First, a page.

It's damn difficult to make a waterfall photograph without it being a cliche.  I've been photographing this one in Harriman State Park since I moved to the Hudson Valley in the late '70's, and it's always been a joy to look at and a challenge to photograph.  Of course, just about anything in nature has been photographed countless times so trying to say something unique isn't a worthwhile enterprise.  What matters is that the image is worthwhile to the photographer, and I think these two may be to me.  Of the 20 negatives exposed using three different lenses (55, 105 and 135) and two different shutter speeds (1/15th, and 1/60th), these are the only two I'm willing to share.  I will return to this subject again many times I'm sure before we move south eventually.  It's an old friend I'll always remember it fondly, and as with any old friend, it's nice to have pictures of!

Sunday, March 27, 2011

This post is a bit unusual in that I've made the actual print below before scanning the negative.  As traditional a photographer as I may otherwise be, scanning negatives beats the hell out of making contact sheets, and I haven't made one in years. Once a negative is scanned, it's incredibly easy to see what's possible in Photoshop so that darkroom work then becomes considerably more direct.  It's just a matter of figuring out how to make the print look like the best rendering I've created on the computer.  With experience, that translation gets easier and knowing what will and won't work and why is invaluable.  The biggest difference is viewing the image by transmitted light on the monitor rather than reflected light on the print, and that distinction would apply regardless of whether the actual paper print were made in the darkroom or the lightroom.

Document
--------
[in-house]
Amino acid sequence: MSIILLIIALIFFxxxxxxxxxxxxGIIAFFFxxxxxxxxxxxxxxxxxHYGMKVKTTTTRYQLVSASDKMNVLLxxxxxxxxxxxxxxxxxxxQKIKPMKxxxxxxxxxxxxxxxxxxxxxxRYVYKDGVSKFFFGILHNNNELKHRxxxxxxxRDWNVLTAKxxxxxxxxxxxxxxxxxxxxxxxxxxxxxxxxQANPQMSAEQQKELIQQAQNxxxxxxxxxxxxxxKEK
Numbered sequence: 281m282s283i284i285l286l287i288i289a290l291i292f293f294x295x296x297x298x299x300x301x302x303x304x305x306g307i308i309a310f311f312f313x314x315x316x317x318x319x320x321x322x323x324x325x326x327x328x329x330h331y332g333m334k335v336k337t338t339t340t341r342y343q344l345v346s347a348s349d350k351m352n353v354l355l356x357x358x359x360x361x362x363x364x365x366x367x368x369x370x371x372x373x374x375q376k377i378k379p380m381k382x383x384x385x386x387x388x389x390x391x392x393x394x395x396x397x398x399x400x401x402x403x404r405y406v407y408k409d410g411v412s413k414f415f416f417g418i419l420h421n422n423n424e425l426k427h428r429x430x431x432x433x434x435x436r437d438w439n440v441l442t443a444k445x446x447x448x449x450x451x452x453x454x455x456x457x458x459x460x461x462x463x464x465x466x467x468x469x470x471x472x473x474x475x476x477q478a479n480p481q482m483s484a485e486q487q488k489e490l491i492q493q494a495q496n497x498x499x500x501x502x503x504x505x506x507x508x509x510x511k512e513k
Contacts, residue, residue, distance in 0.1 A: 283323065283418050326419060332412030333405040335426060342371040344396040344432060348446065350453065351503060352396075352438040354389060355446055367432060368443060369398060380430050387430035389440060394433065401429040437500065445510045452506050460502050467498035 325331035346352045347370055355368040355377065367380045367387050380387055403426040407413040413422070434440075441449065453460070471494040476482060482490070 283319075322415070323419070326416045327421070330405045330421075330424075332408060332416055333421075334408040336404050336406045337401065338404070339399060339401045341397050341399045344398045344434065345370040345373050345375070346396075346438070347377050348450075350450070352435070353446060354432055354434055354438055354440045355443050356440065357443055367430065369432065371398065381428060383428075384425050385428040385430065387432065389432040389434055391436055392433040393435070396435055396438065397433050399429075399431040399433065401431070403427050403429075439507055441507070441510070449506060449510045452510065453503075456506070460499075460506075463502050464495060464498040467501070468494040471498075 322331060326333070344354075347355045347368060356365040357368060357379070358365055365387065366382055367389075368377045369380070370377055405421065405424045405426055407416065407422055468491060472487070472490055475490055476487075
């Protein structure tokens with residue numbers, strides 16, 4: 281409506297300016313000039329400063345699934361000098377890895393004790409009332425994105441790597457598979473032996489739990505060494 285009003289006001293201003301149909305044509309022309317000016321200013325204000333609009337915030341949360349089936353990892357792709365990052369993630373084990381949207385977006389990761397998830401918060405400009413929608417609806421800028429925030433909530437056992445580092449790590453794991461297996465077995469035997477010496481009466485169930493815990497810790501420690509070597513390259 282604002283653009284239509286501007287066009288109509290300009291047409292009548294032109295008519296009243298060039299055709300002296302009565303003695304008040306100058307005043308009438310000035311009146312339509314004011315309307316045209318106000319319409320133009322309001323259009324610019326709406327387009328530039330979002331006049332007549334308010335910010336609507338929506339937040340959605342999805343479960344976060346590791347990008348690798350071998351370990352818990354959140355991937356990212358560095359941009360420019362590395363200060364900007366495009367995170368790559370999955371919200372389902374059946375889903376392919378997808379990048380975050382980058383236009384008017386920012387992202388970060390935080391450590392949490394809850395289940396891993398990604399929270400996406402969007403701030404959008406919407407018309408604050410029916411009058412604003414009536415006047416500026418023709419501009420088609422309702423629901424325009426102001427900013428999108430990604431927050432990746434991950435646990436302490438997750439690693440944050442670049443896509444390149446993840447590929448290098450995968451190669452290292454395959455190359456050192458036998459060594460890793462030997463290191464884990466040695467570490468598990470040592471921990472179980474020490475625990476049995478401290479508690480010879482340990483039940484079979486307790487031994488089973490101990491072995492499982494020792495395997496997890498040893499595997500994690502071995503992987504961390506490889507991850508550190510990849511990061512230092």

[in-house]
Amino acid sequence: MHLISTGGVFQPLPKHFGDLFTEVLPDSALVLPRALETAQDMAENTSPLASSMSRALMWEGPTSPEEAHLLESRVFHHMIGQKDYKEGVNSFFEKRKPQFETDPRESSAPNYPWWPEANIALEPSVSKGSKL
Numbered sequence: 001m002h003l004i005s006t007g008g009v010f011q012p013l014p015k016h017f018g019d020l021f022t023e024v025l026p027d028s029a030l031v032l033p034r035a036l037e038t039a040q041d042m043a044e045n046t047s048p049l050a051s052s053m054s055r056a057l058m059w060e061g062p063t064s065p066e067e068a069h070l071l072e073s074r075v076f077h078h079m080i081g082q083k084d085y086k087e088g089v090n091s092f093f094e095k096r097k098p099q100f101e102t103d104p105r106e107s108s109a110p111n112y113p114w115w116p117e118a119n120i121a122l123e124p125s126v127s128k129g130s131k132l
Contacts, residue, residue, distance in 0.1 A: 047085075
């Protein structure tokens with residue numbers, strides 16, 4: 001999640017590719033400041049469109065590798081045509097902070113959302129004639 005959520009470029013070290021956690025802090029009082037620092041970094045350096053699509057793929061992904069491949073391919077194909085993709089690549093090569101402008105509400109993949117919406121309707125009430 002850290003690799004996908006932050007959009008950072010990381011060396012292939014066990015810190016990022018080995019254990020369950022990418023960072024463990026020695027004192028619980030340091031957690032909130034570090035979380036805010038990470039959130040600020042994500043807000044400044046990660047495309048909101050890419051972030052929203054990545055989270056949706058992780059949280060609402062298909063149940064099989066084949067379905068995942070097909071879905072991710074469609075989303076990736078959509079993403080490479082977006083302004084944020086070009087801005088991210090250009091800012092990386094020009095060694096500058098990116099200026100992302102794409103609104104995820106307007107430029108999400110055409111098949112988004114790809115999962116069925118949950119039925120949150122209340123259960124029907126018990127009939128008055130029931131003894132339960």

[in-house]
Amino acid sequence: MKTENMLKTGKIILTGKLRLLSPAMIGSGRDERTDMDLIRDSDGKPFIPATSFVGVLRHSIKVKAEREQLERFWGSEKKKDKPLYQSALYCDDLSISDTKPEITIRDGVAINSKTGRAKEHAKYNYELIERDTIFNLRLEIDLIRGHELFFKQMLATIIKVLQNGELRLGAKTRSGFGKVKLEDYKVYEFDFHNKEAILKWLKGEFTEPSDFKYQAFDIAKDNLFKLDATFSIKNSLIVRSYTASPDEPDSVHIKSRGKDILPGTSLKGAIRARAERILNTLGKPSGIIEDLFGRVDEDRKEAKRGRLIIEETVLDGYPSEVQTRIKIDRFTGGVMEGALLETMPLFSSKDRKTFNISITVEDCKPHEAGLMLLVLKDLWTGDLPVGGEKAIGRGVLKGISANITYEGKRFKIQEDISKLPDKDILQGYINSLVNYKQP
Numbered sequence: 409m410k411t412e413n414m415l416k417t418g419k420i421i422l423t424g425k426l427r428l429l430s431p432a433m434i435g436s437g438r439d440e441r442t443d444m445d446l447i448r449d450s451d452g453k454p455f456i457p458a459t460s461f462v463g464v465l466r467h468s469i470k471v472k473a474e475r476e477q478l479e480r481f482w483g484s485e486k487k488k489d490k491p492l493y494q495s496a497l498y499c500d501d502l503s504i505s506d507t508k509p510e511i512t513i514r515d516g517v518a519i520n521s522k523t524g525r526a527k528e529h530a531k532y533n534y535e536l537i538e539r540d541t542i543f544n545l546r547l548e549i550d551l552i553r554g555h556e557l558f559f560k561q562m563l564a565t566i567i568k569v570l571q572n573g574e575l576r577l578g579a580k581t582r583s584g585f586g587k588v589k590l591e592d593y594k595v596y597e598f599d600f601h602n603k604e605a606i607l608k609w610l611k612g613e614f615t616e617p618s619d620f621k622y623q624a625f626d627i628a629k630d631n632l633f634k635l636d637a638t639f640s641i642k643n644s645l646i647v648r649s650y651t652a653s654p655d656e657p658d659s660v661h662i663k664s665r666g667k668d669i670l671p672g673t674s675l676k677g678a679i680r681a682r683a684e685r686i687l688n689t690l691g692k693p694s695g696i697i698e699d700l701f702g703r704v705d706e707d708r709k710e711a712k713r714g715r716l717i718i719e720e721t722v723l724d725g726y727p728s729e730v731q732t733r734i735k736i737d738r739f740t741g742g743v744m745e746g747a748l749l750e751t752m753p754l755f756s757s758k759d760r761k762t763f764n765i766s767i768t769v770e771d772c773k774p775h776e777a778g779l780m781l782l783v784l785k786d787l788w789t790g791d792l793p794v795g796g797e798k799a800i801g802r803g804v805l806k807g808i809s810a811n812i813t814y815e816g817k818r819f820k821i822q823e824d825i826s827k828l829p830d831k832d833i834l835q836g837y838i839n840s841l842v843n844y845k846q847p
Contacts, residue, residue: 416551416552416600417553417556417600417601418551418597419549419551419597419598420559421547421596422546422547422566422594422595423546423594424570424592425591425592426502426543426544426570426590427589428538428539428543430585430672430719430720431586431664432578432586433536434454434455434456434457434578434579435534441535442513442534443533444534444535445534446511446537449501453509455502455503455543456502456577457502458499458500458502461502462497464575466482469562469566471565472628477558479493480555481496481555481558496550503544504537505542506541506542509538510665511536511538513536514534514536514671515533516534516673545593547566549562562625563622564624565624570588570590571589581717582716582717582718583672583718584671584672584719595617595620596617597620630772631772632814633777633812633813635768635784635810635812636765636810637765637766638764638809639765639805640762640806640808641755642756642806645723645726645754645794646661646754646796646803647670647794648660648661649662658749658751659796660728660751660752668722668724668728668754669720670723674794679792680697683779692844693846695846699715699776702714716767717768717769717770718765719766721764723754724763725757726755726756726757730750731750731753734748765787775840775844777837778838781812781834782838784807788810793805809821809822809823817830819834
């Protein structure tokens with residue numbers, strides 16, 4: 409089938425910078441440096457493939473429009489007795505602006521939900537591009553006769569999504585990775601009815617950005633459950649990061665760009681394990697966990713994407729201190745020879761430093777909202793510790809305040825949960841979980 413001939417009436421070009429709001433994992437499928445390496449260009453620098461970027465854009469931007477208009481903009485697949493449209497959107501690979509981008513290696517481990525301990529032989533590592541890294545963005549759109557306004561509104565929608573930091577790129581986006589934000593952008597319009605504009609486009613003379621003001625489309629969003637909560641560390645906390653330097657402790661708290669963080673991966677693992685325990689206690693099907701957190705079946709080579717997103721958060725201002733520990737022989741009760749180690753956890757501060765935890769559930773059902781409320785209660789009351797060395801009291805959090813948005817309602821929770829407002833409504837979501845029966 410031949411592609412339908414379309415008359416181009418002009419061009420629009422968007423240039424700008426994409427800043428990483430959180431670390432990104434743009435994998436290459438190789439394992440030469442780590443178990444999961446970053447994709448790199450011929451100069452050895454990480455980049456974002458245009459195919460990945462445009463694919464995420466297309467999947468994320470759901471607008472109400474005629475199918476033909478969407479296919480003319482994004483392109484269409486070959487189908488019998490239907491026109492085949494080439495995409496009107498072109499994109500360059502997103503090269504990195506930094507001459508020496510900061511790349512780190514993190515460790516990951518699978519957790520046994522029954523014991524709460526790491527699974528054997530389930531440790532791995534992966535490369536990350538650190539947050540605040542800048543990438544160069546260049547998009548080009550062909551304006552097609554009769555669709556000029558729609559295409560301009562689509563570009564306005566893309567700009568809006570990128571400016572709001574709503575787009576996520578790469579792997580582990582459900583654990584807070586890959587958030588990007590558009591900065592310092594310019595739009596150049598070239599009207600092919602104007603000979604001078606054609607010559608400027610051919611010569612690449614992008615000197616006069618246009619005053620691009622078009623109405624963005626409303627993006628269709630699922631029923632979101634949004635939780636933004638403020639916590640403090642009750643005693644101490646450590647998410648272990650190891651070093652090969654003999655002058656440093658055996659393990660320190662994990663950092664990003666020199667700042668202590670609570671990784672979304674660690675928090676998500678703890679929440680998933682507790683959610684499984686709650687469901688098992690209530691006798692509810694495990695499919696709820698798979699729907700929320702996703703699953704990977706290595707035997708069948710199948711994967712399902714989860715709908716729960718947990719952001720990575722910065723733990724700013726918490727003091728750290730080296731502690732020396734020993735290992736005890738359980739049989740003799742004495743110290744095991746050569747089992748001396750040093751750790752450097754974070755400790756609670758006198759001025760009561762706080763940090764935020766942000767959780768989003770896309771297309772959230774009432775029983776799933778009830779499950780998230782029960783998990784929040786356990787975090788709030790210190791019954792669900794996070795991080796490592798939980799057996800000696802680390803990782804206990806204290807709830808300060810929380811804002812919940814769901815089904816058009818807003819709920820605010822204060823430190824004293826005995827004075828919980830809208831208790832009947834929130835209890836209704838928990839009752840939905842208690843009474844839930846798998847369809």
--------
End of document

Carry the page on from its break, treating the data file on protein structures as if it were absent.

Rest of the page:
The scene here is by a path along the Wallkill River at New Palz (NY) in the early winter of 2008. The water is from heavy recent rain, I think, and not an overflow of the river. I have no idea why I've neither scanned, nor printed this before.  It seems like a pretty good image to me. 

Thursday, March 24, 2011

It's the first full week of spring.  Obviously, that called for a snowstorm. And so it proceeded, but with paved surfaces too warm for snow to stick until the overnight when the air temperature dropped into the 20's.  It's really rare that I am available when both weather features are visually interesting, and when what I'd like to photograph is accessible.  So often a good snowfall makes all the road pullouts impossible to park on, but this time everything came together. These two photographs are the result of a really enjoyable hour in the wet, falling snow.

(I've had my Pentax 67 kit for over a decade now, and I am still delighted by the bulletproof build of that system. Getting it a bit wet didn't phase it in the least.  I know everyone admires the Hassie outfits used by many prominent artists, but I'll stick with this gear as long as it lasts. The 4x5 just wasn't up to the wetness!)

Friday, March 18, 2011

In the ongoing lookback at older negatives, I found this one from a few years ago.  It was made at a beach in Florida that, sadly to me, allows vehicle traffic.  Many photographers make pilgrimages to the western American deserts seeking the perfect composition with flawless sand and gorgeous light.  I haven't been so fortunate, but have been happy to have access from time to time to the sand dunes at our Atlantic shores.  As we will be moving to this area in several years, I'll probably not think too much of this image when I will have made innumerable and perhaps much better ones, but for now, I like it.